Monday, January 19, 2009

Cease-fire should lead to change of direction

SO, a ceasefire has been declared in Gaza. Israel has halted its bombing and started to withdraw its tanks. Hamas has stopped the rockets. If we keep our fingers crossed the lull may last past President Obama's inauguration, and if it survives the odd provocation and signals a real shift in US policy towards keeping its rotweiler on the lead, we might get on to the rocky road to peace.

So was it worth it? In 23 days 1300 Palestinians were killed by Israeli forces including 417 children and 108 women, and 5,320 injured. Israeli losses were minor,for all the repeatedly parroted counts of rockets, but for those who lost somebody they were real. And none of these casualties were necessary. The Israeli government could have kept up the previous cease fire, lifted its siege on Gaza which was causing death and suffering while the world looked on, and agreed to talk with Hamas. Instead, with the encouragement of Bush and Blair, it waged a policy of collective punishment of the Palestinian people for the way they had voted, and after wars in Lebanon and Gaza - if we can call it war when they bomb and massacre a largely defenceless population - Israel is no better off.

Though many Palestinians never supported Hamas, and many are critical of it now, the people in Gaza are not likely to chuck out those they elected just because Israel says so. The British people did not bow down to the Luftwaffe's Blitz and decide to collaborate, they waited till Hitler was soundly beaten before they voted out Winston Churchill. The Palestinians have not got an RAF, but they have got steadfastness and willingness to sacrifice. If the Israeli rulers and military had not grown so arrogant in their racism, and not been so confident that they could rely on America, they might have recognised this by now. Instead, they let go and spurned the hand of the PLO leadership, only to find themselves facing Hamas. Then they ignored the fact that even after Hamas was elected a majority of Palestinians favoured resuming peace talks, and a majority of Israelis favoured talking to Hamas.

Elections are due in Israel next month. With this war, Labour's Barak wanted to show how tough he could be at killing Palestinians, prime minister Olmert wanted to show that Israel could still do as it liked with the blessing of Washington, and Benyamin Netanyahu, backed not just by America's Zionist lobby but its frightening Christian Right, vied to show himself toughest of all. There's nothing like a war to unite the classes and keep minds of things for which the leaders have no answer, like economic and social crisis.

The ban on two Arab parties within Israel shows it is not just the Palestinians in Gaza or the occupied territories who are in the politicians' sights. Some Israeli leaders openly speak about ethnic cleansing, Foreign Minister Zippi Livne hints at it even while talking of peace, by saying the Palestinians national rights will be "there" -in a Palestinian statelet for which her government leaves but fenced off enclaves. The cover for such a brutal exclusion might be the US-backed war with Iran. It might even bring more US military and economic aid.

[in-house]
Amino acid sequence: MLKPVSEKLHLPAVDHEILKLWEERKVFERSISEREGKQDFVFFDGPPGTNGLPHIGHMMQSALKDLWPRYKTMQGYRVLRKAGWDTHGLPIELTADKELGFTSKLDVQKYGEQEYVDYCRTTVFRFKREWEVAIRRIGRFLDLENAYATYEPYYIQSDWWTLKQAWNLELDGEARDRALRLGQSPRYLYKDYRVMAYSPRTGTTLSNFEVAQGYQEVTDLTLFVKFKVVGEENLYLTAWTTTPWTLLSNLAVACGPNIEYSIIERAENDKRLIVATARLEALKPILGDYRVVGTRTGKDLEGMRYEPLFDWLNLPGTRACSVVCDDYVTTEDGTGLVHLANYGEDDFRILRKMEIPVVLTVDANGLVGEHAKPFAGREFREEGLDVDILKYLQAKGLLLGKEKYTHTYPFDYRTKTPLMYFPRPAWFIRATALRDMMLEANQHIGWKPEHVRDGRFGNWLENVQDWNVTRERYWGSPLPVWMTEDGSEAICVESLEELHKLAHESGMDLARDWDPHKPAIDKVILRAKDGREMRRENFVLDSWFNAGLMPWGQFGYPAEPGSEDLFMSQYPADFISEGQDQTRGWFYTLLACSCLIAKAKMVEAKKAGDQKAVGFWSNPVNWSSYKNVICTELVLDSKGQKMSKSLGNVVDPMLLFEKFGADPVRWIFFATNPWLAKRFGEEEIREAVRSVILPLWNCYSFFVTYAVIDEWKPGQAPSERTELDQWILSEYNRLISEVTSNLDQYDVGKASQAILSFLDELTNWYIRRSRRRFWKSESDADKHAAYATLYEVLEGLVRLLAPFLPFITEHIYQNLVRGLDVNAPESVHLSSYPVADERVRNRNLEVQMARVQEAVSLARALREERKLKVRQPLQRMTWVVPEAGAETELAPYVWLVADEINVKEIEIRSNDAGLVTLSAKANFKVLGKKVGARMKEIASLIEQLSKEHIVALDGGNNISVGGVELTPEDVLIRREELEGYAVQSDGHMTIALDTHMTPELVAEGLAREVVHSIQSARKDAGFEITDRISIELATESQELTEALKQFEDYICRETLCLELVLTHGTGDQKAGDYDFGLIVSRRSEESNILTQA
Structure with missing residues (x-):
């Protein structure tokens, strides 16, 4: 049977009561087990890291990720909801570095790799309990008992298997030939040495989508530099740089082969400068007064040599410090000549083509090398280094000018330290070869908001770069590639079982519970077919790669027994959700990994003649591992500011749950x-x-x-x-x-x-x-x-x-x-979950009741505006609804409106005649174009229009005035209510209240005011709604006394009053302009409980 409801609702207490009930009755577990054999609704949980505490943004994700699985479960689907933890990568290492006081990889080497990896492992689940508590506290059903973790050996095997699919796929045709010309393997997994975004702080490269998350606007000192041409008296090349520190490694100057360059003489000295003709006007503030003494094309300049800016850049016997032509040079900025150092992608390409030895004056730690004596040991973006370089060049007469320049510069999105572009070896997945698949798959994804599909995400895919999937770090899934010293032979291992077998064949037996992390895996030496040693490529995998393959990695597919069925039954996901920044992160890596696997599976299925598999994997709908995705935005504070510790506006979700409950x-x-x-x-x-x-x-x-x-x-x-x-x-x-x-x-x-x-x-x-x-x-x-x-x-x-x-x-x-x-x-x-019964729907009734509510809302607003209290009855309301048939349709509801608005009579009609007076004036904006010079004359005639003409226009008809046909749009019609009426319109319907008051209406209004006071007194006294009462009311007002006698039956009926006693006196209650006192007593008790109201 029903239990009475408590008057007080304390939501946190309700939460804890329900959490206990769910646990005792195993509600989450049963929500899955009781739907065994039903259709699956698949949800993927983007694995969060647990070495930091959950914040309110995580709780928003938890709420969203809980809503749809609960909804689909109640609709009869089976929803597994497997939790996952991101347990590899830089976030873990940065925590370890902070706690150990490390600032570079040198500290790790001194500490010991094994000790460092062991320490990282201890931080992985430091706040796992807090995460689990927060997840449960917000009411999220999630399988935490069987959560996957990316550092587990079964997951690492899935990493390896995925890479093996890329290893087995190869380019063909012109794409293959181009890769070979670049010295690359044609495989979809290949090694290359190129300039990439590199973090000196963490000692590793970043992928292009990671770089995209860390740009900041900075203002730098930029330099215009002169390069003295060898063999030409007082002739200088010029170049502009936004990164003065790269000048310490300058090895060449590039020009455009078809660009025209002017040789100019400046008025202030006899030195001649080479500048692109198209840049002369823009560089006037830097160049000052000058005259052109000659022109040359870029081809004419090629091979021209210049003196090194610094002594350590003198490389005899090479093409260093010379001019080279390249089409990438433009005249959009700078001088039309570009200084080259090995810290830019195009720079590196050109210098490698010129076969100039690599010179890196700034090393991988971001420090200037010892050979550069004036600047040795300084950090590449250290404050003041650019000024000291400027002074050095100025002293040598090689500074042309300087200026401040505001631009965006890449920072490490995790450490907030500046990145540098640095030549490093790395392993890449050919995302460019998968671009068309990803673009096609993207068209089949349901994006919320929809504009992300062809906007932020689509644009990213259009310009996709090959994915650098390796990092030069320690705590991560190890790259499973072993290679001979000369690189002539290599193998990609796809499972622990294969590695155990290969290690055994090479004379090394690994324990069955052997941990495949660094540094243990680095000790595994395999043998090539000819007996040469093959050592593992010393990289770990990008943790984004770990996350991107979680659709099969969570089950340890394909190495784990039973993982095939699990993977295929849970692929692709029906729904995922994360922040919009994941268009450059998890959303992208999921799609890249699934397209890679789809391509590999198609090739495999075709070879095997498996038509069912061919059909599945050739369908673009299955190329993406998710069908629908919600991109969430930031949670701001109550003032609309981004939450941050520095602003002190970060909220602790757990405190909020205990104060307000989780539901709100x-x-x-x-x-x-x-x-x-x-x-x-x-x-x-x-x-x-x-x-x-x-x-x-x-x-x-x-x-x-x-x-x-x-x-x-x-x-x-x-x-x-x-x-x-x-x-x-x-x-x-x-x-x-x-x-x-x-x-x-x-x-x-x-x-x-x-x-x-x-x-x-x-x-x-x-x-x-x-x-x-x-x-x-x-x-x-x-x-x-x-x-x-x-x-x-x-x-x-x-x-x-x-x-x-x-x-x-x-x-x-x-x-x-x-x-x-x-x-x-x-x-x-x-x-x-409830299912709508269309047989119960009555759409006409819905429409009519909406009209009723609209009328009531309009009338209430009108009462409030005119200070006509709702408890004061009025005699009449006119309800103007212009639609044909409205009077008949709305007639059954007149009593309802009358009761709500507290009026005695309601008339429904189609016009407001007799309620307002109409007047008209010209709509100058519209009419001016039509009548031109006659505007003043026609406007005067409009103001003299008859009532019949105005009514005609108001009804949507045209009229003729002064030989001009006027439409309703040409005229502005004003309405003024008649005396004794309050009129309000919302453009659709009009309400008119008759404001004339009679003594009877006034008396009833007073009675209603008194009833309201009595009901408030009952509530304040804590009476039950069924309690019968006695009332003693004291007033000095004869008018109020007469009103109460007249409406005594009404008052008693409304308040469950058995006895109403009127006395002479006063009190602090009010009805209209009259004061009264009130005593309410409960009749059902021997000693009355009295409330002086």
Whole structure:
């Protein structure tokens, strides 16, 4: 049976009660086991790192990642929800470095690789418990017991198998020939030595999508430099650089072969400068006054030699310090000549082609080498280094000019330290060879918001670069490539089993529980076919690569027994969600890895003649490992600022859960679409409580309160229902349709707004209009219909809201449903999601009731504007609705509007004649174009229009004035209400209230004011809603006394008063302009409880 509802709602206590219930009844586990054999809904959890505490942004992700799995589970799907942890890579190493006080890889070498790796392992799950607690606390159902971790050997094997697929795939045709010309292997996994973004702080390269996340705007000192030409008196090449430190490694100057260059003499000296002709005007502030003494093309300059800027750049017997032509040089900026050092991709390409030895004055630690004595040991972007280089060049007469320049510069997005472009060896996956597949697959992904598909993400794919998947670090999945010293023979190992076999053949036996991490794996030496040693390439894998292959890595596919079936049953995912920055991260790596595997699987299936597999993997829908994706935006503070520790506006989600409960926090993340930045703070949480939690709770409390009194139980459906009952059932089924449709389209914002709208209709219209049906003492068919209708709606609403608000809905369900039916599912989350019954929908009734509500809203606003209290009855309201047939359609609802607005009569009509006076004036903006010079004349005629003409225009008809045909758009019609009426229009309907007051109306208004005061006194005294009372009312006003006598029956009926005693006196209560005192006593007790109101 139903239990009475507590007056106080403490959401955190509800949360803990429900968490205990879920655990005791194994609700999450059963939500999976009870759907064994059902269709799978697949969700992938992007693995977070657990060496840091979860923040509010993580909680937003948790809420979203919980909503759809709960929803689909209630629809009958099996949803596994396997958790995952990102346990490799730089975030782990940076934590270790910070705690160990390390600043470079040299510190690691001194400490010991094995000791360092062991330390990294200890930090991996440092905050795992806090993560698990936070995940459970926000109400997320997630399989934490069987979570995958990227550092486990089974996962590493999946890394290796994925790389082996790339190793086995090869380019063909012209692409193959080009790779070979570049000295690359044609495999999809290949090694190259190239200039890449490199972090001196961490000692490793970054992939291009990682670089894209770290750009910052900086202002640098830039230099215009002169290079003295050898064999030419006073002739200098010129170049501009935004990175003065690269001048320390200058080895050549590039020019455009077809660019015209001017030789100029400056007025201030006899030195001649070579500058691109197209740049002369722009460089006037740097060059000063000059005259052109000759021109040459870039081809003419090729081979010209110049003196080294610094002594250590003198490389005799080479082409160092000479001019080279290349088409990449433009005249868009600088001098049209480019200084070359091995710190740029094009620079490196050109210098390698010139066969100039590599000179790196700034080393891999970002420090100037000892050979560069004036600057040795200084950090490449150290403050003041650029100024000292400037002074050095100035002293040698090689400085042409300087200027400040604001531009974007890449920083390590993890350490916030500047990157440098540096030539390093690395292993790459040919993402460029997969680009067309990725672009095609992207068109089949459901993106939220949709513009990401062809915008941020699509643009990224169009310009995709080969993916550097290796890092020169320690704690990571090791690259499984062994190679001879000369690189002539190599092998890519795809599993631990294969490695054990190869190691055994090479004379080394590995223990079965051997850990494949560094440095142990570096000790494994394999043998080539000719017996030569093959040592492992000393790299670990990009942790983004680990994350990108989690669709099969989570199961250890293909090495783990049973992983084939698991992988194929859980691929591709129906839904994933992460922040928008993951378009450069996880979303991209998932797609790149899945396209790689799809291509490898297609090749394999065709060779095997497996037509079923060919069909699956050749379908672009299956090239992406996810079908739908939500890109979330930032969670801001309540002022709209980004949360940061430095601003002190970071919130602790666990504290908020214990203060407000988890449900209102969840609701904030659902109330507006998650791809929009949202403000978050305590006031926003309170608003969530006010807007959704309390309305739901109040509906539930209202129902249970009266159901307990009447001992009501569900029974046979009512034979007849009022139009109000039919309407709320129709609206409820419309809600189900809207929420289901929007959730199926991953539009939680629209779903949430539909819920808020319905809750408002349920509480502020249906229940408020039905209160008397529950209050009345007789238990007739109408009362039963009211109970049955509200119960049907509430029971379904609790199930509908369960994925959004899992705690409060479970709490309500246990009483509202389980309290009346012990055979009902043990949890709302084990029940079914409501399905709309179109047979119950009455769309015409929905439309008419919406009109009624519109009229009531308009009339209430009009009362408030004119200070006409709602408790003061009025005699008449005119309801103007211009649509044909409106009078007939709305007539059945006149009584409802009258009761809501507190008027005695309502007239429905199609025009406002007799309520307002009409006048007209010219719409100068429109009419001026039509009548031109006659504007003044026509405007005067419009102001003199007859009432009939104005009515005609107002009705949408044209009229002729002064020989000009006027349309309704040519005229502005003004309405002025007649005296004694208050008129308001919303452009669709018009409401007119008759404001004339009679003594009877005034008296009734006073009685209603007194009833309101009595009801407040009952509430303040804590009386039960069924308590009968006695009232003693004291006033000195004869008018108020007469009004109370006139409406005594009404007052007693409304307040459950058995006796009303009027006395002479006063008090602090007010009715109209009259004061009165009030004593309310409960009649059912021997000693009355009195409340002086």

But here uncertainty comes in. Obama has promised the American people fewer foreign adventures not more, and more spending on helping American industry weather recession and tackling the social problems that George Dubya ignored.

There was almost a sign of change just before the Bush reign ended. Secretary of State Condoleeza Rice helped draft the UN resolution for a Gaza ceasefire, and was going to vote for it, unlike the US vetoes we saw for instance in the Lebanon war. But in the end she abstained. It then came out that Bush and Cheney had called, telling her not to support the resolution. So those record standing ovations for Cheney at the AIPAC (Zionist lobby) conference were not in vain! Prime Minister Olmert then boasted that he had called Washington to bring about this twist. He may have thought this would boost his prestige with Israeli voters, but US Jewish leaders were not amused. They say the American public, not to mention the political elite, will not take kindly to the notion that America's Secretary of State can be told what to do and humiliated at the behest of a heavily subsidised pipsqueak in the Middle East.

We may note also that unlike in the Lebanon war, Britain voted for the ceasefire this time, even though Gordon Brown's government remains pro-Israel and has continued = but less openly -supplying some of the IDF's arms. The other day I watched some good speeches in the House of Commons condemning Israel's war, from among others, Labour's Gerald Kaufman. (Though it was a pity only about a dozen MPs seemed to be present for the debate). Even the under-secretary for Foreign Affairs had to tell pro-Zionist Labour MP Louise Ellman off for disregarding the Palestinians' lives. I hope the voters of Liverpool Riverside will say the same thing. Ms.Ellman may find alternative employment with the Zionist PR outfit BIPAC, where her former colleague Lorna Fitzsimmons was given a rough time by demonstrators who broke in.

The government knows that such actions are the tip of the iceberg. On Saturday morning I was at the Southern and Eastern Regional Council of the Trades Union Congress (SERTUC), where a motion on Gaza from the Transport and General Workers Union, calling for Israeli withdrawal, an end to the siege and restrictions on movements of Palestinians, and an end to the firing of rockets into Israel, was unanimously passed. The resolution also calls on unions to lobby the European Union for suspension of talks on the EU-Israel Association Agreement, in view of the Israeli state's breaches of international law and human rights.

I took the opportunity to say a few things about responsibility for the war, and mention the letter I had seen from people in Sderot, who did not agree that Israel killing innocent Palestinians in Gaza was delivering peace and security to themselves, and who had established their own cross-border links, people to people. I also noted that though Gordon Brown talked about ending the arms traffic, he did not refer to the arming of Israel - £18 million worth of British equipment supplied in the first three months of last year. Mentioning the US arms ship reported sailing from Germany, I recalled that in the past, members of my union did not wait for government arms embargoes, but imposed their own on repressive and warlike regimes. I recognised we did not have the same rights nowadays, but hoped that if any workers took action as a matter of conscience, we as trade unionists should support them.